The Portrait shooting mode blurs the background by opening the aperture wide, and also gives skin tone a warmer and softer look than the Full Auto mode. If there’s not enough light on your subject, then the built-in flash will pop up automatically. You have control over the image quality (RAW or JPEG), ambience setting, drive mode (low-speed continuous or self-timer), and white balance (a.k.a. lighting/scene type). This mode is best used when photographing people.
The Landscape shooting mode is for photographing wide scenes, nighttime scenes, or any time you want the majority of your image in focus. This mode will default to using a smaller aperture for greater depth of field, and it also enhances the color saturation of the greens and blues in your images. You have control over the image quality (RAW or JPEG), ambience setting, drive mode (single shooting or self-timer), and white balance (a.k.a. lighting/scene type). When using this mode, the built-in flash is disabled.
Use the Close-up mode when getting in close to your subject—for example, when photographing flowers or small objects, or when using a macro lens. The settings will default to using a wide aperture for shallow depth of field to make the background look blurry, and the built-in flash will also pop up automatically if the scene is too dark. You can control the image quality (RAW or JPEG), ambience setting, drive mode (single shooting or self-timer), and white balance (a.k.a. lighting/scene type).
The Sports mode is for when you want to photograph a moving subject, such as a child playing sports, an active pet, or a moving vehicle. The settings will default to using a fast shutter speed to “freeze” the action and will continually try to find focus if you keep the Shutter button half-pressed (or when pressing the AF-ON button). You have control over the image quality (RAW or JPEG), ambience setting, drive mode (High-speed continuous shooting or self-timer), and white balance (a.k.a. lighting/scene type).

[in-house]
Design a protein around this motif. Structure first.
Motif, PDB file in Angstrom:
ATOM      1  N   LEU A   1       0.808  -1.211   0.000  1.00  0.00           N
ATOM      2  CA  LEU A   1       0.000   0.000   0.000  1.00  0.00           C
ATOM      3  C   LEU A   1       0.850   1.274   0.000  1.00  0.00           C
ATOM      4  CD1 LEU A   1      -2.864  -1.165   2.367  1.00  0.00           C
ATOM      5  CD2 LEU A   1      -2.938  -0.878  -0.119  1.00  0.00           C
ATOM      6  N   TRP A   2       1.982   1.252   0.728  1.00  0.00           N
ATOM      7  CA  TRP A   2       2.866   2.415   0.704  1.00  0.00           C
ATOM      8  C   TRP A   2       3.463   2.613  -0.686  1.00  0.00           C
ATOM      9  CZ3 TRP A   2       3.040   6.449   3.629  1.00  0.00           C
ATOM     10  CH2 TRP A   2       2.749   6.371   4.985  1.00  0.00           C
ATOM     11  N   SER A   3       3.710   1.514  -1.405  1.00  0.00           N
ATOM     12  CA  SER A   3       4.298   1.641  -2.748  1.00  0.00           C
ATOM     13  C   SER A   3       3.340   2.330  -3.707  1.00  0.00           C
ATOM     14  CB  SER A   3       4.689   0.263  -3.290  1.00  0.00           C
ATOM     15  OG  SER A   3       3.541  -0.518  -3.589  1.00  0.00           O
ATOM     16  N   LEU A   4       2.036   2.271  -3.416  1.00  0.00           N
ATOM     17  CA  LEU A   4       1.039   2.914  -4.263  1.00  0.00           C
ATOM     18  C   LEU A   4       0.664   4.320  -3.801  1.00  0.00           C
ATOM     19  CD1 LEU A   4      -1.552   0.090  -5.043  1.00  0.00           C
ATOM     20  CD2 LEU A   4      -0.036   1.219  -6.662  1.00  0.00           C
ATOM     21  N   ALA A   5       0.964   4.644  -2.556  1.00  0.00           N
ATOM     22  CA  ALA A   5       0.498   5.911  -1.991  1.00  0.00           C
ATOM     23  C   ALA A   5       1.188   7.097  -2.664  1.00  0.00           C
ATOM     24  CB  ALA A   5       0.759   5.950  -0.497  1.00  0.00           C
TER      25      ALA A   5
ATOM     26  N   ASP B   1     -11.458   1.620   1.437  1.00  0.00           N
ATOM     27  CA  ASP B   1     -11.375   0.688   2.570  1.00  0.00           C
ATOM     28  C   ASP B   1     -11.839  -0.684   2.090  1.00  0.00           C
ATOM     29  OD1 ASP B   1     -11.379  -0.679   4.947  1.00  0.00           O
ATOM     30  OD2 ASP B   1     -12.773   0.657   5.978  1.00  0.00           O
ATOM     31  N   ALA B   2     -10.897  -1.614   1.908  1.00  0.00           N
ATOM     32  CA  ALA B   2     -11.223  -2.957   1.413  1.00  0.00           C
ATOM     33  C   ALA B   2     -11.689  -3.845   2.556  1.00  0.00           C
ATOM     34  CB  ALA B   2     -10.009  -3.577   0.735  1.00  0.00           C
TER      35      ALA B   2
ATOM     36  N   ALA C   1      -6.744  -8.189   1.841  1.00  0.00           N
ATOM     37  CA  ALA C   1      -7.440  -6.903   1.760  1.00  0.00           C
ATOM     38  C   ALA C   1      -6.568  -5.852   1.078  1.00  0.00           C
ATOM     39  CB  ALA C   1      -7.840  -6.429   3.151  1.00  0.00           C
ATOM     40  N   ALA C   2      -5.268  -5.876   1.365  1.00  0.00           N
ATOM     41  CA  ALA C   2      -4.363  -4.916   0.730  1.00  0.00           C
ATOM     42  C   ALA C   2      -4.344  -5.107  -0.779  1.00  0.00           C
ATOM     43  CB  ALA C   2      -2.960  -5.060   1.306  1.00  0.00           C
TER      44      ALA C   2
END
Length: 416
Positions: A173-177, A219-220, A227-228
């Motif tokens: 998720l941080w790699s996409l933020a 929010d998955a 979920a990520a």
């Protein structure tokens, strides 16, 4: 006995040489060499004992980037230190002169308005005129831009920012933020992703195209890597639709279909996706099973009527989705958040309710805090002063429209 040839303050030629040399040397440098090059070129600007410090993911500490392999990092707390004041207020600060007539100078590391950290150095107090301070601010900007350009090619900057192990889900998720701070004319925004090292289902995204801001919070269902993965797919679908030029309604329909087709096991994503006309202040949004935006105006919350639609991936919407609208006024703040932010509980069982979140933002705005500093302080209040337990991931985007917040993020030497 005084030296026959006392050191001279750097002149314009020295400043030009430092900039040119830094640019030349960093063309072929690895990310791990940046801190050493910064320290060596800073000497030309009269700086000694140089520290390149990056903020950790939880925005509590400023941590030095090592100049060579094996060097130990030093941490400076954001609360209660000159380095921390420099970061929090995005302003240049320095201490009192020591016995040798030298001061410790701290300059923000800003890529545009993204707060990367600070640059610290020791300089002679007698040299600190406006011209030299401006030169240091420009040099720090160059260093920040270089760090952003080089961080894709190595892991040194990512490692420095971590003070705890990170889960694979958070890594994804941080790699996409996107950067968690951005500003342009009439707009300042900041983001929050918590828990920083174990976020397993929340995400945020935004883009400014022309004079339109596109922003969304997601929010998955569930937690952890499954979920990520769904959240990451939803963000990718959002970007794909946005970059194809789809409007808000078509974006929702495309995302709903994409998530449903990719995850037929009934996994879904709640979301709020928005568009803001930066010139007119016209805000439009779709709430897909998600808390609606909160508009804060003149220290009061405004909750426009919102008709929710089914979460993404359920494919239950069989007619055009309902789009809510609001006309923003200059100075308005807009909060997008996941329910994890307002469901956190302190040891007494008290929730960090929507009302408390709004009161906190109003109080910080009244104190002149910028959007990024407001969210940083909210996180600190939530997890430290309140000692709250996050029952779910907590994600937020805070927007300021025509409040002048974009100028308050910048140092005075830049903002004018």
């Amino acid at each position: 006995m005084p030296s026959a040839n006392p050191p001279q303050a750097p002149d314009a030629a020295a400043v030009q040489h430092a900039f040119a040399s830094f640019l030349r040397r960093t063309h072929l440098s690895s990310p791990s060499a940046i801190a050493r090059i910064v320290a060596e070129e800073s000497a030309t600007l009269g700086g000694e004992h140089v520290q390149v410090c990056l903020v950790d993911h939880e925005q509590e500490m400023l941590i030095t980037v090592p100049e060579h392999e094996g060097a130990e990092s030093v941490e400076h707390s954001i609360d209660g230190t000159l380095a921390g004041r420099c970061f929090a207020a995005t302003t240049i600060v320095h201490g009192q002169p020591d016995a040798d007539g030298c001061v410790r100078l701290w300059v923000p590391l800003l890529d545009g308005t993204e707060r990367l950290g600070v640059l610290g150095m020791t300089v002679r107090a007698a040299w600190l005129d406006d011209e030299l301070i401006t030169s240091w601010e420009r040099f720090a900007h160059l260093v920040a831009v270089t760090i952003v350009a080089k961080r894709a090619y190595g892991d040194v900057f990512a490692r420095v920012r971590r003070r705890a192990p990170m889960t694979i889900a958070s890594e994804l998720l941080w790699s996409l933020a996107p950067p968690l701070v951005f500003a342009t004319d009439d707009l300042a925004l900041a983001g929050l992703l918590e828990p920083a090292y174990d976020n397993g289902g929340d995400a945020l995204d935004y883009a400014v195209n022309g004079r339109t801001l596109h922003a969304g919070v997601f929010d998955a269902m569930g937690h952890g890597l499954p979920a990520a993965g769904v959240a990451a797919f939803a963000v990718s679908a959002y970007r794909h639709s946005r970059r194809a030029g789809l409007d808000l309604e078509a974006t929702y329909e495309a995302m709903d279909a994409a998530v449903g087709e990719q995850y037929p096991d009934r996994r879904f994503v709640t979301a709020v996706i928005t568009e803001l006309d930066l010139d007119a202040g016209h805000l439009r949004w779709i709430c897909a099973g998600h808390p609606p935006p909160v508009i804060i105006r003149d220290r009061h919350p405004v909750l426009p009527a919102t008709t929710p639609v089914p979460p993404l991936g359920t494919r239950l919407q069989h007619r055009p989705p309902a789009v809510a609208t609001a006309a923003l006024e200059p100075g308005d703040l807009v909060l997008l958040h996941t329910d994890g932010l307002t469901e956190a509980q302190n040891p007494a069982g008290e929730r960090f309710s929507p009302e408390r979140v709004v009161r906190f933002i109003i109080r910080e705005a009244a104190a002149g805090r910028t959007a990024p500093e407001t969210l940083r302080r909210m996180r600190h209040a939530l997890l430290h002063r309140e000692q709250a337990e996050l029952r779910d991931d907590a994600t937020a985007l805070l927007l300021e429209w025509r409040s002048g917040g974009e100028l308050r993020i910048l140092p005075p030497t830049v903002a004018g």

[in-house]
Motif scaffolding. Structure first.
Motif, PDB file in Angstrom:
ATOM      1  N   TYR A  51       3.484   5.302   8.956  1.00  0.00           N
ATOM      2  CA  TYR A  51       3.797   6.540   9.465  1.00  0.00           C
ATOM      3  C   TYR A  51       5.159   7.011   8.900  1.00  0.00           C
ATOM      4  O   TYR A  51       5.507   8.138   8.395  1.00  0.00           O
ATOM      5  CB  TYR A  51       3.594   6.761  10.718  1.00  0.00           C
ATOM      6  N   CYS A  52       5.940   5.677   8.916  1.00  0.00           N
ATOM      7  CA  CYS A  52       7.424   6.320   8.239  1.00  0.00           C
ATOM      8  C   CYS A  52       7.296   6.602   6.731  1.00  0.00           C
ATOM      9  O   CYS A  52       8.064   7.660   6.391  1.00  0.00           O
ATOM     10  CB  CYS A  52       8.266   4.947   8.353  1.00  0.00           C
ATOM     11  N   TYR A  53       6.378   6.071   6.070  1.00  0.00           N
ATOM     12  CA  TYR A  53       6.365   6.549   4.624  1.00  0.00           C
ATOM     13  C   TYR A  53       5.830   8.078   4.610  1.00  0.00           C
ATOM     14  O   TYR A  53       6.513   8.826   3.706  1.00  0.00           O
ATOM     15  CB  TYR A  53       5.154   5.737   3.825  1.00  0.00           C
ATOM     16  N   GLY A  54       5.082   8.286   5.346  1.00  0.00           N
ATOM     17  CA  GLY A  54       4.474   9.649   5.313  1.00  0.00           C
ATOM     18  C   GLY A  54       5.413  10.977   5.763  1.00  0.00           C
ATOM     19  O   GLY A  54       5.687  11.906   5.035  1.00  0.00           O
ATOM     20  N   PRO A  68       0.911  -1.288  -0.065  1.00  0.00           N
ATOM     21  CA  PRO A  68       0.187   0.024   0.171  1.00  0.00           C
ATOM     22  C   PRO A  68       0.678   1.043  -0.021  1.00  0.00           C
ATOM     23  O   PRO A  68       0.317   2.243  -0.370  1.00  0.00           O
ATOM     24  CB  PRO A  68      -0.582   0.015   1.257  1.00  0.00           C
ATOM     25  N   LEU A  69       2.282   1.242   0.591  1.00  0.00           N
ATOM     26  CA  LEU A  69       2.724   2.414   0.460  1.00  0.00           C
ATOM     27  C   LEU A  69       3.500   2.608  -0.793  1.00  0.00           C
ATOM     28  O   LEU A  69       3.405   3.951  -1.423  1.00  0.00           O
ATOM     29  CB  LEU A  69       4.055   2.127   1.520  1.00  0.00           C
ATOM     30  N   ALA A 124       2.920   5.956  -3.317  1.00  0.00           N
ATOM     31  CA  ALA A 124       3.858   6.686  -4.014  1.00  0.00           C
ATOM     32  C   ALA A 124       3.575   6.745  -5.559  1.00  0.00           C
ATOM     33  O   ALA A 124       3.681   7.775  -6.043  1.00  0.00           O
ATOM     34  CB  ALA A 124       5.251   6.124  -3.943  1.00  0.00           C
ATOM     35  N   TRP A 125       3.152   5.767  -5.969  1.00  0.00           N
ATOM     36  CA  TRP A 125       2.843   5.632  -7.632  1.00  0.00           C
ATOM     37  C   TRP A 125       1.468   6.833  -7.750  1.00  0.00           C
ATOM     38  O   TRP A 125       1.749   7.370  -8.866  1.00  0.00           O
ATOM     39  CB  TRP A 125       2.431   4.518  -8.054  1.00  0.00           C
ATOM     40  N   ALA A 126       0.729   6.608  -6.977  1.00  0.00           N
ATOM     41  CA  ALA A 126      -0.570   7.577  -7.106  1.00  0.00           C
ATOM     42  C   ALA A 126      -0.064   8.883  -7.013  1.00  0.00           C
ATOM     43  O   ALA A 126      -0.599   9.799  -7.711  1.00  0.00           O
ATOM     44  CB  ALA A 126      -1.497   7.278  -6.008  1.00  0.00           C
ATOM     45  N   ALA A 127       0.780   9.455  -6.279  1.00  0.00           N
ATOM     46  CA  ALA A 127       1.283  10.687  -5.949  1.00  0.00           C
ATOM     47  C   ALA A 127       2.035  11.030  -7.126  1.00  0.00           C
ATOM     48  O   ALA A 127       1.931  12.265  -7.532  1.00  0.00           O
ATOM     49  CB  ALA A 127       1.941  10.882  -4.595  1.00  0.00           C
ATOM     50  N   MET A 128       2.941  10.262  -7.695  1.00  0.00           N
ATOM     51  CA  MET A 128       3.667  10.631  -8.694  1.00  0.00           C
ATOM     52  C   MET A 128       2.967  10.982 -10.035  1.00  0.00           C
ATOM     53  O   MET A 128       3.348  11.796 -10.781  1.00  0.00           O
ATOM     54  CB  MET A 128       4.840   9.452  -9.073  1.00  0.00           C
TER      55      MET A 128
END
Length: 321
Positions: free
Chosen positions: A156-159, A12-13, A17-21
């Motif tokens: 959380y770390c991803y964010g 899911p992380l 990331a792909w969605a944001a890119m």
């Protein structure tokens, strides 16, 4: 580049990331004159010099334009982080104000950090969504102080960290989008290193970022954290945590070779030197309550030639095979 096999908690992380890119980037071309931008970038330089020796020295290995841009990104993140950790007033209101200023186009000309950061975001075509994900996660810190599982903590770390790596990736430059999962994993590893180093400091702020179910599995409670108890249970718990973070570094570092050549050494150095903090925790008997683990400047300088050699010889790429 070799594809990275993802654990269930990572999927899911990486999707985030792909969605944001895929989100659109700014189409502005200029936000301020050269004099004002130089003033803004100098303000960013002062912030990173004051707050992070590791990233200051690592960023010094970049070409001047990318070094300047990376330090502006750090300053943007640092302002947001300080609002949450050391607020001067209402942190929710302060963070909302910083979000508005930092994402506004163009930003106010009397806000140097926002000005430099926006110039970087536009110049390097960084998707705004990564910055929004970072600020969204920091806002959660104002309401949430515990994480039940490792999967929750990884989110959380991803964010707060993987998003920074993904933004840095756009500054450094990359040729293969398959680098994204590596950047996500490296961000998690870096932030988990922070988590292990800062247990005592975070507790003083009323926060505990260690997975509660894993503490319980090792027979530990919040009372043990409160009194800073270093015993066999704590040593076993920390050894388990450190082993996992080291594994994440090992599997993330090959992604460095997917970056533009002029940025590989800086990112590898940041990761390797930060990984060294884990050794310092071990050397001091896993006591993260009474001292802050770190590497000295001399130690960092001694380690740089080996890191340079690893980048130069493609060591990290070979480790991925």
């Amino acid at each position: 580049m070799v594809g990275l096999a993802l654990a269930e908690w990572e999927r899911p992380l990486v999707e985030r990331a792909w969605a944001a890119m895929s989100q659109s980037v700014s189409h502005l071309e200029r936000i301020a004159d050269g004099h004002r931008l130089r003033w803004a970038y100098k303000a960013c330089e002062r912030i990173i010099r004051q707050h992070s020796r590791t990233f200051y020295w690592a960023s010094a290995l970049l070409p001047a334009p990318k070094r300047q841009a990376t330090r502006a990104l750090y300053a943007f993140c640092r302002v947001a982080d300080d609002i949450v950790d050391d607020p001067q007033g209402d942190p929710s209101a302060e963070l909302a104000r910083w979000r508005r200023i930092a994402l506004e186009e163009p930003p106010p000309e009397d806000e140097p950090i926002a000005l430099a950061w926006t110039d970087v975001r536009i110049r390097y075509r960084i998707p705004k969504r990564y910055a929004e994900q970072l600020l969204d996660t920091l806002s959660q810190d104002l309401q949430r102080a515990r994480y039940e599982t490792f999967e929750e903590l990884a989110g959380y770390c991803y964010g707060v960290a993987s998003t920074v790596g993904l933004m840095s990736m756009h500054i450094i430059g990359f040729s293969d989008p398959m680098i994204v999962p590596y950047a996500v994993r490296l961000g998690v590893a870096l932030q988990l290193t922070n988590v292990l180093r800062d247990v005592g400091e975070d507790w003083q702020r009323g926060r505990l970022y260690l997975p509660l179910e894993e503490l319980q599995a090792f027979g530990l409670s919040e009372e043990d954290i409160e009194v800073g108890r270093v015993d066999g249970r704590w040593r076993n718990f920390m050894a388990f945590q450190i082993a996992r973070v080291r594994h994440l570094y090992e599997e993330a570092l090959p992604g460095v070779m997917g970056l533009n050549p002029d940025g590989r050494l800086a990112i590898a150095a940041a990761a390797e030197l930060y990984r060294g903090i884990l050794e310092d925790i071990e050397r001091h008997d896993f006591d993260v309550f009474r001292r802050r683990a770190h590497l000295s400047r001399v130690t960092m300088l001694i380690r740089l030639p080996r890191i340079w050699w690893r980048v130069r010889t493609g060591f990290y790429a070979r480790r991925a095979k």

NIGHT PORTRAIT MODE
The Night Portrait mode is for photographing people at night or in a darkened room. This differs from the Portrait mode because it keeps the shutter open longer to allow the darker background to show up in the image and appear more natural. You will be using the built-in flash the majority of the time, since this mode will typically be used in low-light environments. You have control over the image quality (RAW or JPEG), ambience setting, and drive mode (single shooting or self-timer).
MY ADVICE ON USING THE BASIC ZONE
The Basic Zone gives the camera a lot of control over the settings while you, the photographer, are creating images. New photographers who are still learning the ins and outs of the technical side of photography and their camera may find these settings useful, but using these modes basically reverts your camera to a glorified point-and-shoot camera set to automatic. Chances are that if you’re reading this book, you want to take your photography a step further, and if you’re only using the modes in the Basic Zone, you may find that over time you’re not achieving the image results you want.
Now, there’s absolutely nothing wrong with using the modes in the Basic Zone, and I’m not going to tell you that you shouldn’t use them. However, if you haven’t yet strayed from the Basic Zone, I would like to challenge and encourage you to try using the shooting modes in the Creative Zone (listed in the next section of this chapter). Taking more control over your camera will help you gain a deeper understanding of how depth of field, light, and the exposure triangle work together to create those amazing images you’ve probably already visualized in your mind.